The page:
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Noise is good if it turns street lights on

Khunti schoolgirls’ idea among top 200 in Atal tinkering challenge

Achintya Ganguly Ranchi Published 15.03.19, 06:01 PM
Akansha Kumari Saha (second from left) and Khushi Rani with their teachers in Ranchi.

Akansha Kumari Saha (second from left) and Khushi Rani with their teachers in Ranchi. A Telegraph picture

Two girls from Khunti have made their school proud by working on an idea that can transform the cacophony on a busy street into light.

Khushi Rani and Akansha Kumari Saha — currently students of Class X at Swami Shradhanand DAV Centenary Public School — have built a prototype to show how noise can be used to illuminate dark roads.


The idea figured among the top 200 entries in Atal Tinkering Innovation Marathon, according to the list published on Thursday.

The marathon is open to all schools across the country that have an Atal tinkering lab.

Built under Atal Innovation Mission (AIM), these laboratories encourage students to think out of the box and help them translate their ideas with the help of 3D printers, robotics, Internet-enabled devices.

“We started thinking about ways to use noise for the benefit of the society. That’s how the idea was conceived,” Khushi said.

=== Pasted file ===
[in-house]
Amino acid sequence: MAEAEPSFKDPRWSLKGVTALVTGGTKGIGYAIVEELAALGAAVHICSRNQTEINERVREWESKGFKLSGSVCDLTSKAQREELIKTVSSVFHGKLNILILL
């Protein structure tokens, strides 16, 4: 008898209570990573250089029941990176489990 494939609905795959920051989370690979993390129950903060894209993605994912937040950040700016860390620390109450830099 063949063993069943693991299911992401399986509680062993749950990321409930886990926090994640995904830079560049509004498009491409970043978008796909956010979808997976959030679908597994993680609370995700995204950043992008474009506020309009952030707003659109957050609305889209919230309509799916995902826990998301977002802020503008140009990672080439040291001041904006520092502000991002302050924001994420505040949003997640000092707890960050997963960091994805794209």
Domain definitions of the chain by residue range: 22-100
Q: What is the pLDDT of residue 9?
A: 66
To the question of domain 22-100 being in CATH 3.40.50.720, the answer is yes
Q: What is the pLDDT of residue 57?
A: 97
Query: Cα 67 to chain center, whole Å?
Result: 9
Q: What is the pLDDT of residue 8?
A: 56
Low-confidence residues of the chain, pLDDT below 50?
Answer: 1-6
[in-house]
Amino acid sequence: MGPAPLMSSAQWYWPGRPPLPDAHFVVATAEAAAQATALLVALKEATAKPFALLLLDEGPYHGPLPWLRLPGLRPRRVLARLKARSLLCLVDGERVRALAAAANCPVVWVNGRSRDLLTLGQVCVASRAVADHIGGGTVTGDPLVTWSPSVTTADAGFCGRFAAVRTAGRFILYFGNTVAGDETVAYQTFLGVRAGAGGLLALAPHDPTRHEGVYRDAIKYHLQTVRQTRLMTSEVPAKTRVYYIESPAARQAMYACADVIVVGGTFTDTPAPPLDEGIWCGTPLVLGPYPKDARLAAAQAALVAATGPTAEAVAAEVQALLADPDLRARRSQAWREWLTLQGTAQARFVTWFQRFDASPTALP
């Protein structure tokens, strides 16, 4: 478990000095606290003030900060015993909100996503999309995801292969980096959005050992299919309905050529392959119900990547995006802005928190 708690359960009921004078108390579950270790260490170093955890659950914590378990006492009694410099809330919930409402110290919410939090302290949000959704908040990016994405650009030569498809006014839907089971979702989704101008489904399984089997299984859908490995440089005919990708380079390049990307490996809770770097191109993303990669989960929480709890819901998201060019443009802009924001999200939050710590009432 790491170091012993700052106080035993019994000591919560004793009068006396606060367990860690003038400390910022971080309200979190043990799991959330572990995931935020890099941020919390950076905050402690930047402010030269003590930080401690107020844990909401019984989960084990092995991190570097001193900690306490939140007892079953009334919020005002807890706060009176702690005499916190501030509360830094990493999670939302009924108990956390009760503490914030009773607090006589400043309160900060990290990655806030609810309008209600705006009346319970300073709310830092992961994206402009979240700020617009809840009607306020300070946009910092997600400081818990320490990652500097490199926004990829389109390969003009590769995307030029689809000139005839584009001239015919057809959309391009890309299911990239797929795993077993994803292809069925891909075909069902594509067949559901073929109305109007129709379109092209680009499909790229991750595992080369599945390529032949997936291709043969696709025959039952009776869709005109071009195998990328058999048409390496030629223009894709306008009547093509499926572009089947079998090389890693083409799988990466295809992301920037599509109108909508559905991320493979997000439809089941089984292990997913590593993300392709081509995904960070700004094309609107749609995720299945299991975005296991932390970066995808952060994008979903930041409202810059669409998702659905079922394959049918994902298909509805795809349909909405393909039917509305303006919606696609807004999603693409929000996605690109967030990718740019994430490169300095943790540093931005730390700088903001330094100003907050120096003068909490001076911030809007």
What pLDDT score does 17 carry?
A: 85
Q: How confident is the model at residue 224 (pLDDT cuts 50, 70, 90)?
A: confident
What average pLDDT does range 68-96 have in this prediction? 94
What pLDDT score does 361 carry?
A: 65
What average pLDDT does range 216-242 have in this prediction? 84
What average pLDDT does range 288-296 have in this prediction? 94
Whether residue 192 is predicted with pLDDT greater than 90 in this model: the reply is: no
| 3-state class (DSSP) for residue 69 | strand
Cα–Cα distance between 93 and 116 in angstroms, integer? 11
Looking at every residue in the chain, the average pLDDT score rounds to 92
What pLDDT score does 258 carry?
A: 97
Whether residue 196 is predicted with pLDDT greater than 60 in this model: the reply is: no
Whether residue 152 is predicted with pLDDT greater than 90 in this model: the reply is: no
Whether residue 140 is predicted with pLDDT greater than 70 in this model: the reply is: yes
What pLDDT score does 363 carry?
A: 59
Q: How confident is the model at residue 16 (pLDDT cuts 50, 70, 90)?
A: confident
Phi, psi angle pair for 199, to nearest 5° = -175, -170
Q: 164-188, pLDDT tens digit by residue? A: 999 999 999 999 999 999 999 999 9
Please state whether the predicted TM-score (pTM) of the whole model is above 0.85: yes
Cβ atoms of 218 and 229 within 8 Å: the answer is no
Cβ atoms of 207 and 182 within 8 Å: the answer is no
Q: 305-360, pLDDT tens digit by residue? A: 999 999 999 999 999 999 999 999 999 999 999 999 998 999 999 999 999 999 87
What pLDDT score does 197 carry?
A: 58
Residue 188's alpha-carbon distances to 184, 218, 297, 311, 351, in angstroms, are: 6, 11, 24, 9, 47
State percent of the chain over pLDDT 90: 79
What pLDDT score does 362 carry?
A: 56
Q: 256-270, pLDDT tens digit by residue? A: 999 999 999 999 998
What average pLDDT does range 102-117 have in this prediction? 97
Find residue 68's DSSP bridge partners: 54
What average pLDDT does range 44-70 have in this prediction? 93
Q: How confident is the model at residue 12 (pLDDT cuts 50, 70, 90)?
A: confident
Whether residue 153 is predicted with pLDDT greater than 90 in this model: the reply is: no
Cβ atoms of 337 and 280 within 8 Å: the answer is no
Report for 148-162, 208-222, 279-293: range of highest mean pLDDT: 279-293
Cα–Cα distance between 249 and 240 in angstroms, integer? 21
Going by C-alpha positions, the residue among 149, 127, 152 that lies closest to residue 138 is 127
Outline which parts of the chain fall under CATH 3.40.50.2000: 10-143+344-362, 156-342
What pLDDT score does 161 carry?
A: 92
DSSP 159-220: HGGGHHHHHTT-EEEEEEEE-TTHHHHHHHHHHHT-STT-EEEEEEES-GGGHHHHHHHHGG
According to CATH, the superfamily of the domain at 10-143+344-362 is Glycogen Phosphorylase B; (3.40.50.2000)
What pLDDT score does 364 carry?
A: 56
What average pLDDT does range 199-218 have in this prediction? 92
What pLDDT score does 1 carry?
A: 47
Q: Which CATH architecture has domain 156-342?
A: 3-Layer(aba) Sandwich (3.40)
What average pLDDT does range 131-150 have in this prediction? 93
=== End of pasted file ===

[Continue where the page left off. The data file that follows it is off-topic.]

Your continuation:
Akansha said they approached their teacher for guidance and the idea began taking shape.

The marathon was held in October last year when both the girls were in Class IX.

The prototype they built is a straight road with streetlights that are connected to a circuit. The lights can be turned on with a clap.

“This is based on the simple theory of conversion of sound energy into light by using Arduino Uno micro controller board and LDR (light dependent resistor) module,” physics teacher and mentor Joy Basu Mallick said.

In a video message posted on their official website, AIM director R. Ramanan said an estimated 50,000 students took part in the tinkering marathon across its eight sectors and 1,500 innovative ideas were shortlisted.

The top 200 ideas were chosen on the basis of their innovation quotient and the impact they were expected to make. “The innovators will get another chance to refine their models till April 30,” Ramanan said. The best 50 ideas will be selected after that.

“I’m really glad that these students not only justified having an Atal tinkering laboratory in the school, but also made their presence felt at the national level,” principal T.P. Jha said.

Currently, there are 5,441 functional tinkering labs in the country. As many as 3,437 more schools have been selected for opening of laboratories.

The tinkering challenges are aimed at encouraging students to identify problems they face in daily life and come up with the solutions.

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